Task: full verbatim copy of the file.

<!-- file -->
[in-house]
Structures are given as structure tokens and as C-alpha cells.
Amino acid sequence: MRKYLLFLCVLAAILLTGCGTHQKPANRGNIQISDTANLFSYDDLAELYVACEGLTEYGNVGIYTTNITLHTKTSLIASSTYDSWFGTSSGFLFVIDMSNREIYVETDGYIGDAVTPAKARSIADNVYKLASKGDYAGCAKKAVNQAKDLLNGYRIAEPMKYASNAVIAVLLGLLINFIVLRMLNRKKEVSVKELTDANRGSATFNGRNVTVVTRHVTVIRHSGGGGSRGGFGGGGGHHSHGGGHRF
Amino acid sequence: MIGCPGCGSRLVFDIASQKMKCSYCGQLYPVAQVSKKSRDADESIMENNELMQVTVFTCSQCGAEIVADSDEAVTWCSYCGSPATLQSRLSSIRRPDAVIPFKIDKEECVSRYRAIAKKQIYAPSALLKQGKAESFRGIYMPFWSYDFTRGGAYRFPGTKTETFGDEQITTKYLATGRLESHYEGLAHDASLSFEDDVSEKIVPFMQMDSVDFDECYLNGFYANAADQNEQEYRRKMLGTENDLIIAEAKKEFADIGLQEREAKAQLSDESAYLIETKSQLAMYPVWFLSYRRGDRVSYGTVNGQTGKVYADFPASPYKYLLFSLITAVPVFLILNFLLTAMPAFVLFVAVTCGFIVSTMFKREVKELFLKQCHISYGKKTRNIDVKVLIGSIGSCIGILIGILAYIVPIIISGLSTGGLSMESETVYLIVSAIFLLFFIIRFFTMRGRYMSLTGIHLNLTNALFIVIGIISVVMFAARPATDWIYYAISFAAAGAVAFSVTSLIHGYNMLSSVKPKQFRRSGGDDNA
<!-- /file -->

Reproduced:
[in-house]
Structures are given as structure tokens and as C-alpha cells.
Amino acid sequence: MRKYLLFLCVLAAILLTGCGTHQKPANRGNIQISDTANLFSYDDLAELYVACEGLTEYGNVGIYTTNITLHTKTSLIASSTYDSWFGTSSGFLFVIDMSNREIYVETDGYIGDAVTPAKARSIADNVYKLASKGDYAGCAKKAVNQAKDLLNGYRIAEPMKYASNAVIAVLLGLLINFIVLRMLNRKKEVSVKELTDANRGSATFNGRNVTVVTRHVTVIRHSGGGGSRGGFGGGGGHHSHGGGHRF
Amino acid sequence: MIGCPGCGSRLVFDIASQKMKCSYCGQLYPVAQVSKKSRDADESIMENNELMQVTVFTCSQCGAEIVADSDEAVTWCSYCGSPATLQSRLSSIRRPDAVIPFKIDKEECVSRYRAIAKKQIYAPSALLKQGKAESFRGIYMPFWSYDFTRGGAYRFPGTKTETFGDEQITTKYLATGRLESHYEGLAHDASLSFEDDVSEKIVPFMQMDSVDFDECYLNGFYANAADQNEQEYRRKMLGTENDLIIAEAKKEFADIGLQEREAKAQLSDESAYLIETKSQLAMYPVWFLSYRRGDRVSYGTVNGQTGKVYADFPASPYKYLLFSLITAVPVFLILNFLLTAMPAFVLFVAVTCGFIVSTMFKREVKELFLKQCHISYGKKTRNIDVKVLIGSIGSCIGILIGILAYIVPIIISGLSTGGLSMESETVYLIVSAIFLLFFIIRFFTMRGRYMSLTGIHLNLTNALFIVIGIISVVMFAARPATDWIYYAISFAAAGAVAFSVTSLIHGYNMLSSVKPKQFRRSGGDDNA